Connecticut adds eight new qualifying conditions for medical marijuana

Now that Connecticut added eight new qualifying conditions for the state’s medical marijuana program, more people can access the medicine they need.

Connecticut recently underwent a potentially important round of changes to its cannabis laws. In particular, state lawmakers recently expanded the medical marijuana program.

Now, as Connecticut adds eight new qualifying conditions for medical marijuana, officials expect to see an uptick in the number of patients joining the program.

Expanding the Medical Marijuana Program

Connecticut’s Regulation Review Committee, a group of lawmakers that oversees the state’s medical marijuana program, recently voted to expand the program.


Connecticut democrats announce support for marijuana legalization

After last week's announcement that the New York Democratic Party supports marijuana legalization, it appears more state parties are joining the cannabis legalization bandwagon, writes Joseph Misulonas.


Connecticut firms not weeding out marijuana practices, despite legislative setback

Seeing an opportunity for more business, Brown Paindiris & Scott is pressing forward with its marijuana law division.

The legislative session ended before Connecticut lawmakers considered a bill that would have legalized recreational marijuana use, but law firms eyeing that practice area remain optimistic.

Hartford firm Brown Paindiris & Scott, for instance, still sees enough opportunity to launch and maintain a venture in marijuana law. Despite limited medical marijuana use in the Nutmeg state, and at least another year’s wait before legislators again consider the possibility of recreational use becoming legal, two Brown Paindiris lawyers will continue to focus on that business line.


Marijuana legalization effort in Connecticut is running out of time

Lawmakers have until Wednesday to pass a bill and the marijuana legalization effort in Connecticut is running out of time.

The marijuana legalization effort in Connecticut is running out of time, as this year’s legislative session winds to a close this week. Lawmakers have until May 9 to pass a bill pending in the House of Representatives.

But that doesn’t seem likely, according to local media. Both the House and the Senate have other bills more likely to gain lawmakers’ attention.


Connecticut to consider treating opioid abuse with marijuana

Doctors will gather in Hartford this summer to decide whether medical marijuana can be used legally as a treatment for opioid abuse and withdrawal.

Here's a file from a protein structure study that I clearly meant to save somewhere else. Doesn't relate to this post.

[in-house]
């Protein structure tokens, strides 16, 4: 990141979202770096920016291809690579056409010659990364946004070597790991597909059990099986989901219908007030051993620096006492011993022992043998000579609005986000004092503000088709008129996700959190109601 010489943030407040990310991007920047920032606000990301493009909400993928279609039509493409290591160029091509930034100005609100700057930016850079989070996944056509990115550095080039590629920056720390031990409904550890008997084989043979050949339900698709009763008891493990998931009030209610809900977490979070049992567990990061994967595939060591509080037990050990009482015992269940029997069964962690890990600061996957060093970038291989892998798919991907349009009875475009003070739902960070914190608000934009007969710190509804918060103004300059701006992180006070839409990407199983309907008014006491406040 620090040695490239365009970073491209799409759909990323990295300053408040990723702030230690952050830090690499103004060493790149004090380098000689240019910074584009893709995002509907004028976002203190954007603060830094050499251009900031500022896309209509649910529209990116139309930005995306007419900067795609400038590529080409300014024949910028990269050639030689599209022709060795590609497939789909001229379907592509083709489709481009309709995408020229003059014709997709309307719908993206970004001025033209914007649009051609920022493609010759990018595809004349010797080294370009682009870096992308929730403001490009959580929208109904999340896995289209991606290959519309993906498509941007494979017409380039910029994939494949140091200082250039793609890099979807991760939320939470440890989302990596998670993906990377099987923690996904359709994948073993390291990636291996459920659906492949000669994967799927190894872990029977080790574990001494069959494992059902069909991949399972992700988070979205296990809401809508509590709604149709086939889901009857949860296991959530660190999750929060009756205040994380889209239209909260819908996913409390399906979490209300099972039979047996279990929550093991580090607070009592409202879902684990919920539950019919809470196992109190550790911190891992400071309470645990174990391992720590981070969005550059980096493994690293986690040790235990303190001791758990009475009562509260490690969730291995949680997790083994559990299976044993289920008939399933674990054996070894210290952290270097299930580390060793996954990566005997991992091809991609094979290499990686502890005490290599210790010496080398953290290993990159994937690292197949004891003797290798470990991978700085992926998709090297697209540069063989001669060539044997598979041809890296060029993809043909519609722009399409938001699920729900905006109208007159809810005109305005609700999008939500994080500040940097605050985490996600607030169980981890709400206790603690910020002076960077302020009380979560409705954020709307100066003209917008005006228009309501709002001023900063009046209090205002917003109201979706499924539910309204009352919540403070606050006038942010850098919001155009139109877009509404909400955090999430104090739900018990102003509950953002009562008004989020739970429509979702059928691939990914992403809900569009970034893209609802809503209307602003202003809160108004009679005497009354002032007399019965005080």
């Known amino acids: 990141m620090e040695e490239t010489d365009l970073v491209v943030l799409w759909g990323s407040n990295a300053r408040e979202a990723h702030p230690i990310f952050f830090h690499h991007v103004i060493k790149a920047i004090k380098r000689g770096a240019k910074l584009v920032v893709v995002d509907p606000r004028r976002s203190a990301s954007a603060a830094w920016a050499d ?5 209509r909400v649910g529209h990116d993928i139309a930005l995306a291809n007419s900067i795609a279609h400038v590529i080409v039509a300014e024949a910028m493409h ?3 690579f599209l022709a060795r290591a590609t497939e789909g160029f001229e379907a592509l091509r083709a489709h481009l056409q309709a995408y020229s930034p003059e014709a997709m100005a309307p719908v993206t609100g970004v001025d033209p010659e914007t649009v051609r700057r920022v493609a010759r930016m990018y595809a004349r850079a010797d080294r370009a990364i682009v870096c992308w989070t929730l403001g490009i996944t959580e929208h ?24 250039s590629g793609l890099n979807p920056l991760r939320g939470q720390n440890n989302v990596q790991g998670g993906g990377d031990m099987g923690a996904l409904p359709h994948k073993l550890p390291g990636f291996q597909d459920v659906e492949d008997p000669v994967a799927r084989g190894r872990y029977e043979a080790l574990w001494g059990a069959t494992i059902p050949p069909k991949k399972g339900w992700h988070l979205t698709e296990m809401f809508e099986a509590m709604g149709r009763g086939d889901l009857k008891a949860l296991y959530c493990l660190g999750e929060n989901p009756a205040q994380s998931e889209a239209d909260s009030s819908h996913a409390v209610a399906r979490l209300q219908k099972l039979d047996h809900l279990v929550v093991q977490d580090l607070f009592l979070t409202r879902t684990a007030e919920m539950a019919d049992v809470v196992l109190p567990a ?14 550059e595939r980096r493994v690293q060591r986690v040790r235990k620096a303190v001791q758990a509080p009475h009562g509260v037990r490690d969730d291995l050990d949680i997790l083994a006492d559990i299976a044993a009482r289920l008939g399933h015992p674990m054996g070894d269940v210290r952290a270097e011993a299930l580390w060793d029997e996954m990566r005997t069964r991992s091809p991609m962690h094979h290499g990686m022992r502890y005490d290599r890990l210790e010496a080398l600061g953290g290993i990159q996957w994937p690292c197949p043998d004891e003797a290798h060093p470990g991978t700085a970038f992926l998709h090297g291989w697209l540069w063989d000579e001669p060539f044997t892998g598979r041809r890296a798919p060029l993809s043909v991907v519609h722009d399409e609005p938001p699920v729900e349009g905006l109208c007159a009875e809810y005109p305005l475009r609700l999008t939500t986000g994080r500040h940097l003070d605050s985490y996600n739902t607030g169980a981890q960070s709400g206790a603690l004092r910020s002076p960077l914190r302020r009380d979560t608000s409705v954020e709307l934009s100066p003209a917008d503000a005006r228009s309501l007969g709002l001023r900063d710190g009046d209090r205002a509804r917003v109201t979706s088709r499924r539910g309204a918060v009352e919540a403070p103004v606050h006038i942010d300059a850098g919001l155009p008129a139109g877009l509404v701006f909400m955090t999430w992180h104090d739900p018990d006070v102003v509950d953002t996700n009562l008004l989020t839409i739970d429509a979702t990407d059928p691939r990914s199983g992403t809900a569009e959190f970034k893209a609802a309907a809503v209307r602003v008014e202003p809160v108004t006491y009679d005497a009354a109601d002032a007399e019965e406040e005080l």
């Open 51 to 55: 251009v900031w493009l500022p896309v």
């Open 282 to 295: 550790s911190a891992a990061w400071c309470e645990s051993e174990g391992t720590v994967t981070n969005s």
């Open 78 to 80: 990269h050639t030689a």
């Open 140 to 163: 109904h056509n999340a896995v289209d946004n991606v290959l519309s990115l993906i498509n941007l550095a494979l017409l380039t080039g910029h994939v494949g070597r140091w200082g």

The decision by the state Medical Marijuana Program Board of Physicians could be influenced by two studies published last month in the Journal of the American Medical Association, which reported that states permitting medicinal use of marijunana have seen a drop in opioid prescriptions.


Scientists really don’t know why marijuana makes some people more productive

Cannabis use is usually thought to impair our ability to pay attention or organize efficiently (and a lot of scientific research backs up that assumption to some extent). But there are also plenty of people who say smoking up helps them focus and get things done, writes Calvin Hughes.

Addiction psychiatrist Larissa Mooney says she hears this a lot.


Connecticut takes historic first steps towards legalizing recreational marijuana

For the first time in the Connecticut legislature, a recreational marijuana bill has made it out of committee and is headed to the full General Assembly for consideration.

The appropriations committee voted 27-24 Thursday to approve the bill.

"This bill deserves an opportunity for further conversation and to get into the fine points of what that conversation would be," said Sen. Paul Formica, a Republican from East Lyme and a committee co-chair.

The legislation calls for officials from several state agencies to develop a plan for the legalization and regulation of cannabis.


Connecticut lawmakers kill cannabis legalization bill in committee

Pushback from both Republicans and Democrats reflects public divisions over legal marijuana in the Constitution State.

The push for cannabis reform in Connecticut has suffered a setback after the state General Assembly's General Law Committee voted to shut down a bill that would have legalized and regulated adult-use cannabis retail sales.

The issue was hotly debated in the committee, but unlike other states where Democrats champion legalization against Republican opposition, the committee saw bipartisan agreement on both sides of the issue.


Rhode Island & Connecticut lawmakers consider legalizing marijuana in fear of losing tax revenue to neighboring states

The legal retail of marijuana in Massachusetts begins July 1.

That’s prompted Rhode Island and Connecticut lawmakers to once again consider legislation to regulate the sale of recreational marijuana.

Similar legislation failed in both states last year.

Sam Tracey, with the advocacy group Connecticut Coalition to Regulate Marijuana, says Connecticut could lose millions of dollars in tax revenue to neighboring states if it doesn’t allow the retail sale of marijuana.


Could this state be next to legalize recreational cannabis?

Connecticut has a bright, green future: this state could be close to having legal recreational cannabis.

Cannabis laws in Connecticut have slowly evolved over the last few years and today, lawmakers are holding a hearing about recreational weed. The meeting may be a sign that this state could be close to having legal recreational cannabis.

Public Hearing to Discuss Weed

This morning, Connecticut lawmakers will hear arguments for and against the possibility of legalizing recreational weed. The meeting is a public hearing, which means it will be open for comments from the general public.


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